Age of Myth by Michael J. Sullivan
My rating: 5 of 5 stars
Since time immemorial,
humans have worshipped the gods they call Fhrey, truly a race apart:
invincible in battle, masters of magic, and seemingly immortal. But when
a god falls to a human blade, the balance of power between humans and
those they thought were gods changes forever.
Michael Sullivan has become one of my favorite fantasy authors. He has the ability to write in depth characters and stories that are also easy to read. I never feel like I have to unwind my brain or come up for air after reading his books. I know I'm probably weird, but that's just what a lot of epic fantasy does to me. I feel like I have to have a good bit of time to devote to those. But with Michael Sullivan's books I can just relax and enjoy without feeling like I've got to tackle some giant tome.
I first became acquainted with Michael Sullivan's work when I won a copy of Theft of Swords through a Goodreads giveaway. I've loved fantasy for a long time now and I wanted to explore some books by authors I hadn't read yet. I'm not a huge fan of grimdark fantasy so I can be very cautious about what fantasy books I add to my list, and I was skimming through a lot of that trying to find something I thought I would like. I had finished The Wheel of Time series, I had finished all of the available books in the Green Rider series, and I had read some Sanderson and Rothfuss. While looking over many different books I came across Theft of Swords and added it to my to-read list. I ended up loving that series and looking forward to reading whatever else Michael Sullivan would write. Age of Myth was the one that I was most eagerly awaiting, mainly because I wanted to see what type of fantasy the author would come up with next and I must say that I was not disappointed.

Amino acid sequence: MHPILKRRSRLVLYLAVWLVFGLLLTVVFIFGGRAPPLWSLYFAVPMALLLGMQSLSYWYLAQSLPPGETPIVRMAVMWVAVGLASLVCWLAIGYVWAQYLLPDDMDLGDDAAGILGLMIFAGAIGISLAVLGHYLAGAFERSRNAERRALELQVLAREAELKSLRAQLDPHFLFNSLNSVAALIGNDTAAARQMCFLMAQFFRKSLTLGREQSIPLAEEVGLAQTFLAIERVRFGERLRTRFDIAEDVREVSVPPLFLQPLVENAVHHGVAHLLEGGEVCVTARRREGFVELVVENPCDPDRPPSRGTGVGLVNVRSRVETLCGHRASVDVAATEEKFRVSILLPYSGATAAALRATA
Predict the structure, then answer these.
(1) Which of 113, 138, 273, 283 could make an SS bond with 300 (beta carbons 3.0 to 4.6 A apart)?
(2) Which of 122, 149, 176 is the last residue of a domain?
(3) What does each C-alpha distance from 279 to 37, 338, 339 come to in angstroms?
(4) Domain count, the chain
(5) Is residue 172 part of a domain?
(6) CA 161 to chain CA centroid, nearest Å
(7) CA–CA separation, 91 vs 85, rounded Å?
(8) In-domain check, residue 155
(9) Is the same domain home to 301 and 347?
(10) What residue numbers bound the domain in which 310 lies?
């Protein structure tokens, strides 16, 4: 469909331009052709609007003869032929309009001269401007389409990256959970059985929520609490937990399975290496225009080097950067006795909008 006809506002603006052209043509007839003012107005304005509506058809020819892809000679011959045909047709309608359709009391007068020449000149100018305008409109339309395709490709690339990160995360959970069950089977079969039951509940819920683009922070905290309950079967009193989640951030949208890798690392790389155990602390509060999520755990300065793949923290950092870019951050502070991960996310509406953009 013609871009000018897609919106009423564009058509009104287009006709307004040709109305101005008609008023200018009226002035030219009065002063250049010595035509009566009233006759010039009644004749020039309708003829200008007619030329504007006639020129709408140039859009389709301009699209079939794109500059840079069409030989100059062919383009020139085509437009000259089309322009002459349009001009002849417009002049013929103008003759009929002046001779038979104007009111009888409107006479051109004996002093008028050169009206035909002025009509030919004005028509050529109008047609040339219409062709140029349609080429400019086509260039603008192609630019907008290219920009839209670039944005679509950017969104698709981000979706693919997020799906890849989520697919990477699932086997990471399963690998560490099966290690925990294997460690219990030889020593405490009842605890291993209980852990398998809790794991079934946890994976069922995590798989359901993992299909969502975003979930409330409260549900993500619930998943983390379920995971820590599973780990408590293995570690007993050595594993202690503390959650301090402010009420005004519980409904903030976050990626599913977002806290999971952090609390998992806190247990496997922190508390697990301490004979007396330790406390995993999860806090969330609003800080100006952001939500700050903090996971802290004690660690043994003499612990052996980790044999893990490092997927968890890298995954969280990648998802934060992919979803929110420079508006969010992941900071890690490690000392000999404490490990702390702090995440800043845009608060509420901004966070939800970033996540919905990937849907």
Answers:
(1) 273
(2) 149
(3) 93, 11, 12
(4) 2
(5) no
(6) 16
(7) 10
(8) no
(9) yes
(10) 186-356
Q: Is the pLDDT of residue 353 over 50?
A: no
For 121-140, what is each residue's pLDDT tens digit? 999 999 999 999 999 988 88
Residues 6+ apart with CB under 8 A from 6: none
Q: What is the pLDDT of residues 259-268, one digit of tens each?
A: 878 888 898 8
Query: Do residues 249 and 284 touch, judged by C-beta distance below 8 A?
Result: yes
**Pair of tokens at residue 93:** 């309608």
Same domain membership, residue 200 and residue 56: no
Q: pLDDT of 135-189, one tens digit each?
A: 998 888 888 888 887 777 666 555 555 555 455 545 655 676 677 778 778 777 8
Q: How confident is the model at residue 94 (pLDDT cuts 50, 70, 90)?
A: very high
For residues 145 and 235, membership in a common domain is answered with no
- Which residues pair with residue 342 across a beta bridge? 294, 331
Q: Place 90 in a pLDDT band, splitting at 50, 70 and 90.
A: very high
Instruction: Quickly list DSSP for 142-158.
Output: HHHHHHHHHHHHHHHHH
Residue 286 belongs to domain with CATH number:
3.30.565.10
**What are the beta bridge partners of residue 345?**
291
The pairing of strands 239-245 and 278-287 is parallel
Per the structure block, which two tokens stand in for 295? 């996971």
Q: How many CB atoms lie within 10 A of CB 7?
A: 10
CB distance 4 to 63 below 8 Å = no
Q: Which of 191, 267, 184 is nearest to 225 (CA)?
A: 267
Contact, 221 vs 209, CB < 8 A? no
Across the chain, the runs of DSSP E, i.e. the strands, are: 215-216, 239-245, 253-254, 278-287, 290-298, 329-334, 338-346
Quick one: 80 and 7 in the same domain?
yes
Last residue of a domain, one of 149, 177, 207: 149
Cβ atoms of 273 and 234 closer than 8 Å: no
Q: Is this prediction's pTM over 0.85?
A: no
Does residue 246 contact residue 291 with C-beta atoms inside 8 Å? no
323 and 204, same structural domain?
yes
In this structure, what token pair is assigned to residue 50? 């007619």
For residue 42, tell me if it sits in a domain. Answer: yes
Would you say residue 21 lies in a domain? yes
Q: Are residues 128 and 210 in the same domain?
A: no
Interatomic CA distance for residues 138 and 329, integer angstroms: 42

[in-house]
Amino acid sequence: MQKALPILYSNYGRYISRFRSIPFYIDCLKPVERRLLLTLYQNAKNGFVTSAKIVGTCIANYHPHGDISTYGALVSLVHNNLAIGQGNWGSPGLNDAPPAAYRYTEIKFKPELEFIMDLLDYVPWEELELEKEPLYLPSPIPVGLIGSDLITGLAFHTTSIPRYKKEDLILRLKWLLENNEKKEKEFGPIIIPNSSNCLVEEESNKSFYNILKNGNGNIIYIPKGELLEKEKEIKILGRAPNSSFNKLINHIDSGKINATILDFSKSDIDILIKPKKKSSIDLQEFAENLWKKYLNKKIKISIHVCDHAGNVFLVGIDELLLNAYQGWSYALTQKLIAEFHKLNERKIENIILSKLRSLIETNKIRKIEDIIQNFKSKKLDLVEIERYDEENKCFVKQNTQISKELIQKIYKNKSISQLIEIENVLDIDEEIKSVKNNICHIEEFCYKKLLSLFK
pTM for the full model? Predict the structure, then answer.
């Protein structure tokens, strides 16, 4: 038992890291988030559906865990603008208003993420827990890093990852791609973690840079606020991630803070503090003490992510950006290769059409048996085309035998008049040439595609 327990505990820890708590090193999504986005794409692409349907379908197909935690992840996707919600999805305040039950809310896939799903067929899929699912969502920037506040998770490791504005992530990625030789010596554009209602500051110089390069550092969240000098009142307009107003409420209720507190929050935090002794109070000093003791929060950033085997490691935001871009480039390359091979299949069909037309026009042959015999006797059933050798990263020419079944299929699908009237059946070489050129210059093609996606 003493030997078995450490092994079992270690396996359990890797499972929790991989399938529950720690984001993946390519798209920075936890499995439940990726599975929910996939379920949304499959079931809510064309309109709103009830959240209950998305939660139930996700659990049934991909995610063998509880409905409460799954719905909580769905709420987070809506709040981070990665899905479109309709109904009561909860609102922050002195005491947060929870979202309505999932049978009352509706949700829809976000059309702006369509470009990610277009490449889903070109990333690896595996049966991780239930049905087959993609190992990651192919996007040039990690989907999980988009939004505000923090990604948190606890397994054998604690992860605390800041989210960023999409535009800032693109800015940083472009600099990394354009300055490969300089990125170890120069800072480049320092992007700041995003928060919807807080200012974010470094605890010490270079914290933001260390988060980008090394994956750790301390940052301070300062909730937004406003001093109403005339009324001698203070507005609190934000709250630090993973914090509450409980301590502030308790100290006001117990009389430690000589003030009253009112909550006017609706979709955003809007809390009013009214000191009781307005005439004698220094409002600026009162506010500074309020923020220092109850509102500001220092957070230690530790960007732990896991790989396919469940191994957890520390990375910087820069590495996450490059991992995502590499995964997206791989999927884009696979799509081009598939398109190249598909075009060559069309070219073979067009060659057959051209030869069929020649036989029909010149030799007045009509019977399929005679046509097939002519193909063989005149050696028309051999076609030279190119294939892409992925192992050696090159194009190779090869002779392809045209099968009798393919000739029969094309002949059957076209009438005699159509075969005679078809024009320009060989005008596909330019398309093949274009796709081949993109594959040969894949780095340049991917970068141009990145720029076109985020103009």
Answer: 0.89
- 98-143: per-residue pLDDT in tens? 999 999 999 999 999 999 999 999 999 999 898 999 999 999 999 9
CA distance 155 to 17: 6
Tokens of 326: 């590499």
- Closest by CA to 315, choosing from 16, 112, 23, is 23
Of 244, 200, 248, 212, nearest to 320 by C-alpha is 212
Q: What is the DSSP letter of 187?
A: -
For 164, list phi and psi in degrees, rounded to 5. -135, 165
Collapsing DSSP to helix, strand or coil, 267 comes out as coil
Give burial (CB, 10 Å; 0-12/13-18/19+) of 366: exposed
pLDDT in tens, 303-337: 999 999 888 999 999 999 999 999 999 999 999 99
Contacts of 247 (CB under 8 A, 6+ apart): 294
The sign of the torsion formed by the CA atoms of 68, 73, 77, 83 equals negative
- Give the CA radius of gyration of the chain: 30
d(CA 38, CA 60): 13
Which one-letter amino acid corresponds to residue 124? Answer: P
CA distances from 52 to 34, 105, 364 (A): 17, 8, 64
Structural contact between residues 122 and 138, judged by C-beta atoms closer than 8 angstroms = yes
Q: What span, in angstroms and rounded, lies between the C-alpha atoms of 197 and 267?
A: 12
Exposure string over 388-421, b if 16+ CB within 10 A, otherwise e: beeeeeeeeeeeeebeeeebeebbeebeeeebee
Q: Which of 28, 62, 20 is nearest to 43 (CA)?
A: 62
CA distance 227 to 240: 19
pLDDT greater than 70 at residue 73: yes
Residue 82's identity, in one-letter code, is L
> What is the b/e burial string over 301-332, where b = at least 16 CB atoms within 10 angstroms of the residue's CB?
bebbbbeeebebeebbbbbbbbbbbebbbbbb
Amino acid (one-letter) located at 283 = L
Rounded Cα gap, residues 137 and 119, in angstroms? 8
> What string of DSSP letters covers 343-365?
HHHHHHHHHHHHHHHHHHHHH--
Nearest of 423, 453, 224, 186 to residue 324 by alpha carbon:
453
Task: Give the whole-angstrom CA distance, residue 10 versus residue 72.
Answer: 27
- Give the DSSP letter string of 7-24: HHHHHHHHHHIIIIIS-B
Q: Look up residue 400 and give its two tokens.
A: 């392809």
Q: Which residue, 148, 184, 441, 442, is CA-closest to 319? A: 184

What does it mean if the gods can be killed?
That little tag line is what hooked me. It's what sparked my interest in this book from the beginning. Age of Myth is set in the same world as the Riyria books, but 3000 years in the past. We get to learn about the truth behind the myths. Who the real heroes were and how it all came about.
I can't think of anything negative to say about this book-well ok maybe one small, tiny thing. The feelings one character develops for another came about a little too soon, but it didn't bother me much. I think because it still felt very mature and not like the insta-love where they are suddenly madly in love and can't live without each other.
Really though, everything about this book is good. The cover is gorgeous. I love that the oak in the story was chosen to be the focus of the cover, and I just plain love when a cover artist actually chooses a scene from a book and makes it the cover, and actually does a wonderful job of depicting it.
Probably the very best thing about this book is the characters. If you are looking for nonstop action you will not find it in this book. There are some tense scenes, a couple of fights and even a short battle, but the characters very much make this book what it is. They were all so relatable and well developed. Each of the characters ended up stealing my heart, with of course, the exception of the few who weren't meant to. There is a great balance of strong men and women in this book and I liked that their strengths were varied. Some were good fighters; others were very clever and smart. They each had something different and meaningful to contribute to the story. I loved Suri and Minna the most. But Persephone, Raithe, and Malcolm were great too.
This book ended nicely. There is the knowledge that more is to come, but the book itself is a complete story without any cliffhangers, which makes it a little easier to have to wait a whole year for the next book. I am really looking forward to it.
View all my reviews